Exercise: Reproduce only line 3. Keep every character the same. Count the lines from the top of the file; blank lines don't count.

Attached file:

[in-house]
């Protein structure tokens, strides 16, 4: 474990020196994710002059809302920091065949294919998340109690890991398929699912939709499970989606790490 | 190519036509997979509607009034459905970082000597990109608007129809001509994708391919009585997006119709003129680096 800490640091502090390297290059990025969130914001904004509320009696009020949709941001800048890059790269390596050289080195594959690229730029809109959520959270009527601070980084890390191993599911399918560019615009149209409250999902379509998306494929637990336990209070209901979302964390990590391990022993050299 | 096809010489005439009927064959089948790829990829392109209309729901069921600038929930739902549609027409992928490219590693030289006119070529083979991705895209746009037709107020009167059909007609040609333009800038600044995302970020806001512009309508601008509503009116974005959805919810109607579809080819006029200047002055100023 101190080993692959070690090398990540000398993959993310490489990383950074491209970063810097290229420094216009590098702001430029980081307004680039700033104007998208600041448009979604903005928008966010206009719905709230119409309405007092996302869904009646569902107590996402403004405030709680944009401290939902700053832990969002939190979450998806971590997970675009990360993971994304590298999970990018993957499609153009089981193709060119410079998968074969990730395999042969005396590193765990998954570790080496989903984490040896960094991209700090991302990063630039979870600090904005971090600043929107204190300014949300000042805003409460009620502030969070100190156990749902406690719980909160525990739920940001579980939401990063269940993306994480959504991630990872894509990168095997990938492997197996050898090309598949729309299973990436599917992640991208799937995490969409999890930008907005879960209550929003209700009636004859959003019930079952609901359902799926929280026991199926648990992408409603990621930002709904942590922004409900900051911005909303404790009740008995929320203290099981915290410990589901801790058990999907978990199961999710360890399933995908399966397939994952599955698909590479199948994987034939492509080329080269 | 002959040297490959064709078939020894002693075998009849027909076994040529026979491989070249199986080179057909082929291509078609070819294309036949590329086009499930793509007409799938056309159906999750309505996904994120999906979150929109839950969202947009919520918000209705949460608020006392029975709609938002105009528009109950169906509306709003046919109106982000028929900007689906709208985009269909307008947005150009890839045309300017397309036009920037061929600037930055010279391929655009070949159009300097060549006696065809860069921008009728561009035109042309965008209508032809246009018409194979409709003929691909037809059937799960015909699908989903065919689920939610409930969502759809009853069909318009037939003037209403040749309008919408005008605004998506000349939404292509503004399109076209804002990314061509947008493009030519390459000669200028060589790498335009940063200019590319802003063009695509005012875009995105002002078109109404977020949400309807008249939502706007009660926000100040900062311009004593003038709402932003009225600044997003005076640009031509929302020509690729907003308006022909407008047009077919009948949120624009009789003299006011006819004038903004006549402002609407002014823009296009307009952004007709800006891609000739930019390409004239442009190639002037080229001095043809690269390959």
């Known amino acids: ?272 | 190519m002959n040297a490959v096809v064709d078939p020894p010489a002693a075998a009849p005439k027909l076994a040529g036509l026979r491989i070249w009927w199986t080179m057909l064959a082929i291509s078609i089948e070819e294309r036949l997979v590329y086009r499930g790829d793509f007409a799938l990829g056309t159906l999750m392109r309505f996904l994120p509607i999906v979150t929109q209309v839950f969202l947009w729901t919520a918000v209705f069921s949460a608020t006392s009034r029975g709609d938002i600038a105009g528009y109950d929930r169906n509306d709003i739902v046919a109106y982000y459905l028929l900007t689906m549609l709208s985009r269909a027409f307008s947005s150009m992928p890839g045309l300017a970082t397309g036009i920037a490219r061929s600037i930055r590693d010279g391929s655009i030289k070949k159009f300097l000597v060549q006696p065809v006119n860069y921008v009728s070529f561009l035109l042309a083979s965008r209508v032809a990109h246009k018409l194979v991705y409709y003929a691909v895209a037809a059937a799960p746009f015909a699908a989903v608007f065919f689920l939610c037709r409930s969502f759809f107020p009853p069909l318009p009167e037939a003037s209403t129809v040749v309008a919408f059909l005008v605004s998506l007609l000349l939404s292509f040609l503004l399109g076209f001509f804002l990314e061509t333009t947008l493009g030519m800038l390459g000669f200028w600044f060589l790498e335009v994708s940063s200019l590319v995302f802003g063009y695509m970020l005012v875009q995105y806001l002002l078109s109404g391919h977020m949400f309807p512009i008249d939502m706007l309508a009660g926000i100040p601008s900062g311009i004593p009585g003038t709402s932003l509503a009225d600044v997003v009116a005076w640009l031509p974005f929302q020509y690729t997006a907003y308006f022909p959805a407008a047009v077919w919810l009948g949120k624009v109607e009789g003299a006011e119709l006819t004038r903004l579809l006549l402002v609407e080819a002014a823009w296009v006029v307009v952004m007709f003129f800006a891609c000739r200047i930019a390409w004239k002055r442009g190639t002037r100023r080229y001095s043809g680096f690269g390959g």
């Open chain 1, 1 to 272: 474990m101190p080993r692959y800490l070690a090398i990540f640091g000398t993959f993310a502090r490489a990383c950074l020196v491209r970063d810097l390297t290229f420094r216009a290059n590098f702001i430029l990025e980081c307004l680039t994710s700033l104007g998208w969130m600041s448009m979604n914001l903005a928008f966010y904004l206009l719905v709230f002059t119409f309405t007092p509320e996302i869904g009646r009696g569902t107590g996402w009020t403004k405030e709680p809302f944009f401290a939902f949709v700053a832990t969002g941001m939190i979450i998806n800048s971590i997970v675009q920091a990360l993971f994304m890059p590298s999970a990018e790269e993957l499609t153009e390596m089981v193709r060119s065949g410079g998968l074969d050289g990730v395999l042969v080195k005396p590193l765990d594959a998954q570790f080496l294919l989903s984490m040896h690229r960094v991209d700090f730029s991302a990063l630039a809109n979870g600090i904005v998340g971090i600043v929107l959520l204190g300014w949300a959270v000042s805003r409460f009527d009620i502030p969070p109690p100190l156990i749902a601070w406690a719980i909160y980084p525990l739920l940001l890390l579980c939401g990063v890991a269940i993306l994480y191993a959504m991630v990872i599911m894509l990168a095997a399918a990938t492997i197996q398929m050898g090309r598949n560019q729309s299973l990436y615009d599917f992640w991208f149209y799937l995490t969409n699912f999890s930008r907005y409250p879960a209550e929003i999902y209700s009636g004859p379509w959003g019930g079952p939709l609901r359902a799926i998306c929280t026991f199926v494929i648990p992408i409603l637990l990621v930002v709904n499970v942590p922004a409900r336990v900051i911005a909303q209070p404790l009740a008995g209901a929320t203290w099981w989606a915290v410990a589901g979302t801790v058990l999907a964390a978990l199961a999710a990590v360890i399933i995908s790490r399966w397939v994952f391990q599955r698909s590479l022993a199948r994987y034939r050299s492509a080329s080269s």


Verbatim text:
């Known amino acids: ?272 | 190519m002959n040297a490959v096809v064709d078939p020894p010489a002693a075998a009849p005439k027909l076994a040529g036509l026979r491989i070249w009927w199986t080179m057909l064959a082929i291509s078609i089948e070819e294309r036949l997979v590329y086009r499930g790829d793509f007409a799938l990829g056309t159906l999750m392109r309505f996904l994120p509607i999906v979150t929109q209309v839950f969202l947009w729901t919520a918000v209705f069921s949460a608020t006392s009034r029975g709609d938002i600038a105009g528009y109950d929930r169906n509306d709003i739902v046919a109106y982000y459905l028929l900007t689906m549609l709208s985009r269909a027409f307008s947005s150009m992928p890839g045309l300017a970082t397309g036009i920037a490219r061929s600037i930055r590693d010279g391929s655009i030289k070949k159009f300097l000597v060549q006696p065809v006119n860069y921008v009728s070529f561009l035109l042309a083979s965008r209508v032809a990109h246009k018409l194979v991705y409709y003929a691909v895209a037809a059937a799960p746009f015909a699908a989903v608007f065919f689920l939610c037709r409930s969502f759809f107020p009853p069909l318009p009167e037939a003037s209403t129809v040749v309008a919408f059909l005008v605004s998506l007609l000349l939404s292509f040609l503004l399109g076209f001509f804002l990314e061509t333009t947008l493009g030519m800038l390459g000669f200028w600044f060589l790498e335009v994708s940063s200019l590319v995302f802003g063009y695509m970020l005012v875009q995105y806001l002002l078109s109404g391919h977020m949400f309807p512009i008249d939502m706007l309508a009660g926000i100040p601008s900062g311009i004593p009585g003038t709402s932003l509503a009225d600044v997003v009116a005076w640009l031509p974005f929302q020509y690729t997006a907003y308006f022909p959805a407008a047009v077919w919810l009948g949120k624009v109607e009789g003299a006011e119709l006819t004038r903004l579809l006549l402002v609407e080819a002014a823009w296009v006029v307009v952004m007709f003129f800006a891609c000739r200047i930019a390409w004239k002055r442009g190639t002037r100023r080229y001095s043809g680096f690269g390959g």